Reasons To Get Into Wine

This is an article from Gemma Renton

One of the services we most like to offer is wine tours. Wine tours are fantastic fun, but many people think they’re just for acknowledged wine buffs. Not so! Anyone can enjoy a wine tour, whatever your level of ‘expertise’ in the subject! To be honest, you don’t really even have to like wine to have a great time on a wine tour – the process itself is fascinating enough – but if you did fancy getting into wine, a wine tour is a good place to start. There are lots of reasons to get into wine – here are just a few of them…

It’s Good For You

Ok, we should probably start this with a caveat: however good wine is for you in moderation, if you overdo it, you will pay the price. There is a bell curve with wine, whereby it’s good for you up to a certain point – but exceed that point and your health will plummet pretty sharply! Quite apart from the risks of addiction and all the issues that entails, excessive wine intake will do a number on your liver, and make you feel pretty rubbish in the morning! However, that aside, moderate wine intake can benefit your health in a variety of ways, including…

  • Heart Health. The antioxidant resveratrol found in red wine is widely credited with improving cardiovascular health. Red wine lovers tend to have lower blood pressure, lower ‘bad’ cholesterol levels, and are generally less likely to suffer from coronary heart disease. As heart disease is one of the biggest killers in the developed world, this is not to be sniffed at!

  • Lower Dementia Risk. This one isn’t, in fairness, true of all wines. However, if you’ve a taste for the finer things in life, you’re in luck. When consumed in moderation, champagne has recently been discovered to significantly lower one’s risk of developing dementia. Why? Jury’s still out on that question, but it probably has something to do with the phenolic compounds in champagne.

  • Lower Diabetes Risk. There’s evidence to suggest that moderate wine drinkers are at 30% lower risk of developing Type 2 diabetes than teetotalers. This may have more to do with overall lifestyle choices on the part of wine drinkers and non-drinkers than the actual wine consumption, but probably best to open a bottle just in case!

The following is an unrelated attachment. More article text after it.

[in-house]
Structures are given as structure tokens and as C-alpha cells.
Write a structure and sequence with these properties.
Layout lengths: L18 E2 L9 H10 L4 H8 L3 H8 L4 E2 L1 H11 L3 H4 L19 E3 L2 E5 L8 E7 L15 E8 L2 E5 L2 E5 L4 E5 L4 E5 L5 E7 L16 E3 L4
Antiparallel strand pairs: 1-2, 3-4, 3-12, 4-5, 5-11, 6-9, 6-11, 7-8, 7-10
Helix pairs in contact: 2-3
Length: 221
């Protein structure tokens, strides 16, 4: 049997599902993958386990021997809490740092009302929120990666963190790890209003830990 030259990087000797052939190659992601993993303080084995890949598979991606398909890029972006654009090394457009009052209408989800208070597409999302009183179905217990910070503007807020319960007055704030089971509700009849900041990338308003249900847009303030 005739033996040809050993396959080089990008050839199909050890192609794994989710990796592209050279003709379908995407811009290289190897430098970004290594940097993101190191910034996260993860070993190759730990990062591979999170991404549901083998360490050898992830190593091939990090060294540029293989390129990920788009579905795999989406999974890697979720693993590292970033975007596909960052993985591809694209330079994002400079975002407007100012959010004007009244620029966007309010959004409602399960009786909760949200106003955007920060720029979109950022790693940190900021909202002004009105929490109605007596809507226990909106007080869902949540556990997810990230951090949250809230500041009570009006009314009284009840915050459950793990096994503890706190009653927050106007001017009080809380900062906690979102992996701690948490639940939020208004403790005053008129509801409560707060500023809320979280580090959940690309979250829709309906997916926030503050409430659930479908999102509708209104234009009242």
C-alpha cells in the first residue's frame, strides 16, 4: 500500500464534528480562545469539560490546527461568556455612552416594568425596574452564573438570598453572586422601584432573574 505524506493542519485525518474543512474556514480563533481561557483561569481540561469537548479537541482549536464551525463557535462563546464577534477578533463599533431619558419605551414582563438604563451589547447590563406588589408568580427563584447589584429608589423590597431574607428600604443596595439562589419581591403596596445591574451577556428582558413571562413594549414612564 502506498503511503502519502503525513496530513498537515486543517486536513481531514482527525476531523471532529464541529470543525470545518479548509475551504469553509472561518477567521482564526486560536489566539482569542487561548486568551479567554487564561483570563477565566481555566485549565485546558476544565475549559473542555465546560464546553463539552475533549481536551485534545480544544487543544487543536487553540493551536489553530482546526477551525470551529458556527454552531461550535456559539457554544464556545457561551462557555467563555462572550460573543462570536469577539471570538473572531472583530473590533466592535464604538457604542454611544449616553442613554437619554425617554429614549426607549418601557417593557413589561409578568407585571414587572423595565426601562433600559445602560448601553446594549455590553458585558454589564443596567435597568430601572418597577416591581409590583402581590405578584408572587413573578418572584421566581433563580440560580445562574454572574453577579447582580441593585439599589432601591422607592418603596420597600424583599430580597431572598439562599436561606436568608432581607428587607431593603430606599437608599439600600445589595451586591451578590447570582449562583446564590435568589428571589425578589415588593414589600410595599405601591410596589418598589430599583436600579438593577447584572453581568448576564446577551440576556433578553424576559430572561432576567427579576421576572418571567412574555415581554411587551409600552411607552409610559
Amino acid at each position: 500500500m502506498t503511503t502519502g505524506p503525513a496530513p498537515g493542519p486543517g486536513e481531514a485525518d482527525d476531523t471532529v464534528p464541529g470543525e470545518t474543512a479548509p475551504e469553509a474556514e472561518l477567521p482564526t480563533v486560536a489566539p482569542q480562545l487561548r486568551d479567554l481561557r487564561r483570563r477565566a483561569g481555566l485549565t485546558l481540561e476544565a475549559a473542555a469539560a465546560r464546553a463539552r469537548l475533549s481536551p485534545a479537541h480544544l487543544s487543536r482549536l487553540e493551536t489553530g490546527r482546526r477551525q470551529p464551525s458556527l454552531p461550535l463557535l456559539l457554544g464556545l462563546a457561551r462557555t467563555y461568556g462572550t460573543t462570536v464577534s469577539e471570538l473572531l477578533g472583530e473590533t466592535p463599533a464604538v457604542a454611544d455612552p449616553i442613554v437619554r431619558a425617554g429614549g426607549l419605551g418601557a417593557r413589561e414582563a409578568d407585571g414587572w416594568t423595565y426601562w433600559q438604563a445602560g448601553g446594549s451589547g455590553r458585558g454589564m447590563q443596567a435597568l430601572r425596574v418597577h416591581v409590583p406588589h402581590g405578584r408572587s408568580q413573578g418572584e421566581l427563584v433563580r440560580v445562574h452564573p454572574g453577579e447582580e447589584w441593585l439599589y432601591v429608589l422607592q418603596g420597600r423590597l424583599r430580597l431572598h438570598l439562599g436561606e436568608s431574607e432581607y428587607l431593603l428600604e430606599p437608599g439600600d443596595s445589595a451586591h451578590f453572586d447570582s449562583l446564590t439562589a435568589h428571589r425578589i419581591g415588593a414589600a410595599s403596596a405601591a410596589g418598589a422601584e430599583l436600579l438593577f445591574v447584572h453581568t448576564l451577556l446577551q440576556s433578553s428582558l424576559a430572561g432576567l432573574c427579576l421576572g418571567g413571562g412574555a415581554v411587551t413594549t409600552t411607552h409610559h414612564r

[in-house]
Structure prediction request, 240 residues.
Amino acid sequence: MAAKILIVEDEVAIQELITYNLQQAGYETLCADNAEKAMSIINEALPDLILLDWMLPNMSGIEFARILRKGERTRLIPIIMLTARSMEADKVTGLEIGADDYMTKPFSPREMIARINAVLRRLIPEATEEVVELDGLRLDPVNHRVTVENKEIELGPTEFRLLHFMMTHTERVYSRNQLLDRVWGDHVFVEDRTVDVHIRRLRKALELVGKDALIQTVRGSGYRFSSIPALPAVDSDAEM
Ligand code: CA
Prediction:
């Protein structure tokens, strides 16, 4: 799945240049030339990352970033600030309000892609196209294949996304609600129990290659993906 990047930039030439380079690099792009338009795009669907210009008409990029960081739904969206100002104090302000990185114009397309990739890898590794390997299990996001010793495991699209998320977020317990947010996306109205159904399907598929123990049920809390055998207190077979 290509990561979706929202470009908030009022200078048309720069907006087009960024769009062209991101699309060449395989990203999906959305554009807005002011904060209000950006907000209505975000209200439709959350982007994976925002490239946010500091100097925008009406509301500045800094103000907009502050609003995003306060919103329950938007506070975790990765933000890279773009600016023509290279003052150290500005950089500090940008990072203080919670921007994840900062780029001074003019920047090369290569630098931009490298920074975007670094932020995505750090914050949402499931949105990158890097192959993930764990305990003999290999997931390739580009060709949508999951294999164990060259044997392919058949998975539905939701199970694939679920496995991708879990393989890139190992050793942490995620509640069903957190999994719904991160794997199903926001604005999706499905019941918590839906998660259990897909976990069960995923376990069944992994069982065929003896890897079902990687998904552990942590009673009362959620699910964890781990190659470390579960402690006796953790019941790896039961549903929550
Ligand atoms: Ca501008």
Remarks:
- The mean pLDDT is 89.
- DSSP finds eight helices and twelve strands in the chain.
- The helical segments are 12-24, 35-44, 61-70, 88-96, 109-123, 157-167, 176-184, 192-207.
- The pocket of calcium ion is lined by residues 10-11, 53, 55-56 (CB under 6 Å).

• Lower Risk Of Cataracts. Bizarrely, wine drinkers are less likely to develop cataracts than their wine-shunning counterparts. Why? No idea, but it’s a fact nonetheless!

  • Longer Life. Perhaps for all the reasons mentioned above, wine drinkers tend to live a lot longer than those who prefer beer or spirits. Interestingly, they also live longer than teetotallers – assuming that they stick to moderate intake, and don’t overdo it.

It Improves Your Social Life

OK, this one is a bit of a moot point – as it’s less about the wine and more about the way you drink it. If you hoard your wine all to yourself and only drink inside the house, you’re not going to get any social benefits. However, if you’re inclined to share your newfound passion for wine, your social life is likely to improve as a result. Of course, you don’t need alcohol to have a great time with your friends, but there is nonetheless a reason why alcohol plays such an important role in Western social interaction. Wine in particular gives you something to talk about, to share, and to enjoy together. Many people think that wine is good for your social life because it gets you drunk and lowers your inhibitions. And, sure, this can help in certain contexts. However, in most cases, it’s more about the sharing of something special and delicious. Pouring wine you love for someone else gives you a chance to share something you like, that you’re interested in. It lets you share an experience which is special to you, which in turn promotes friendship (oh, and that’s good for you as well).

It’s Fascinating

Wine is so much more than a drink. Its an absolutely fascinating chemical and cultural phenomenon. It’s ancient, it’s rooted firmly in the human cultural mythos, and it continues to evolve in new and intriguing ways. Even if you don’t want to drink the stuff, you can still enjoy the wonderful science of winemaking, or find hours of pleasure in the drink’s incredible history. If you do want to drink it, it doesn’t exactly hurt that it’s delicious as well…